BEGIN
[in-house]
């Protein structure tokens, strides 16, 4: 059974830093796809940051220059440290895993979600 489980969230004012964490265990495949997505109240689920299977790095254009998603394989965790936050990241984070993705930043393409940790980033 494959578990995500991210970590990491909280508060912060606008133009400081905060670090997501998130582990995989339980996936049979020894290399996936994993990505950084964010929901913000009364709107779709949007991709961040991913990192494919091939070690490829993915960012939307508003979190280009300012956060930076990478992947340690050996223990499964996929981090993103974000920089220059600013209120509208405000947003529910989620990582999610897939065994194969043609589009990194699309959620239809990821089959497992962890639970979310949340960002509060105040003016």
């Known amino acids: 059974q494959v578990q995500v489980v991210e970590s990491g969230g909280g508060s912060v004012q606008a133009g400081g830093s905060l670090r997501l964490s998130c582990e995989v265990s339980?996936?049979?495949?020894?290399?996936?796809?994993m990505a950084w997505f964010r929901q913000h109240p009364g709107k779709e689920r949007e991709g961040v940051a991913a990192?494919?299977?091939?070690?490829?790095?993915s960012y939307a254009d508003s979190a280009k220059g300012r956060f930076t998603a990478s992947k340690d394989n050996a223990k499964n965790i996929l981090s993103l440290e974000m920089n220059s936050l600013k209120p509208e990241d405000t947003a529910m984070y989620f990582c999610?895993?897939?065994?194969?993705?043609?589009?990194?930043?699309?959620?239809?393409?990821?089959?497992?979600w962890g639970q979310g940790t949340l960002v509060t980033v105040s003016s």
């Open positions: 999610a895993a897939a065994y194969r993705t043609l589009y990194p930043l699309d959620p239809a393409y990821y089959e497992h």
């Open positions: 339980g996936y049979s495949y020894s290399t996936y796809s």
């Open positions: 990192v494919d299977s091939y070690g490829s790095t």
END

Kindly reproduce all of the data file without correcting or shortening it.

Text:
[in-house]
């Protein structure tokens, strides 16, 4: 059974830093796809940051220059440290895993979600 489980969230004012964490265990495949997505109240689920299977790095254009998603394989965790936050990241984070993705930043393409940790980033 494959578990995500991210970590990491909280508060912060606008133009400081905060670090997501998130582990995989339980996936049979020894290399996936994993990505950084964010929901913000009364709107779709949007991709961040991913990192494919091939070690490829993915960012939307508003979190280009300012956060930076990478992947340690050996223990499964996929981090993103974000920089220059600013209120509208405000947003529910989620990582999610897939065994194969043609589009990194699309959620239809990821089959497992962890639970979310949340960002509060105040003016």
């Known amino acids: 059974q494959v578990q995500v489980v991210e970590s990491g969230g909280g508060s912060v004012q606008a133009g400081g830093s905060l670090r997501l964490s998130c582990e995989v265990s339980?996936?049979?495949?020894?290399?996936?796809?994993m990505a950084w997505f964010r929901q913000h109240p009364g709107k779709e689920r949007e991709g961040v940051a991913a990192?494919?299977?091939?070690?490829?790095?993915s960012y939307a254009d508003s979190a280009k220059g300012r956060f930076t998603a990478s992947k340690d394989n050996a223990k499964n965790i996929l981090s993103l440290e974000m920089n220059s936050l600013k209120p509208e990241d405000t947003a529910m984070y989620f990582c999610?895993?897939?065994?194969?993705?043609?589009?990194?930043?699309?959620?239809?393409?990821?089959?497992?979600w962890g639970q979310g940790t949340l960002v509060t980033v105040s003016s």
């Open positions: 999610a895993a897939a065994y194969r993705t043609l589009y990194p930043l699309d959620p239809a393409y990821y089959e497992h």
């Open positions: 339980g996936y049979s495949y020894s290399t996936y796809s």
């Open positions: 990192v494919d299977s091939y070690g490829s790095t």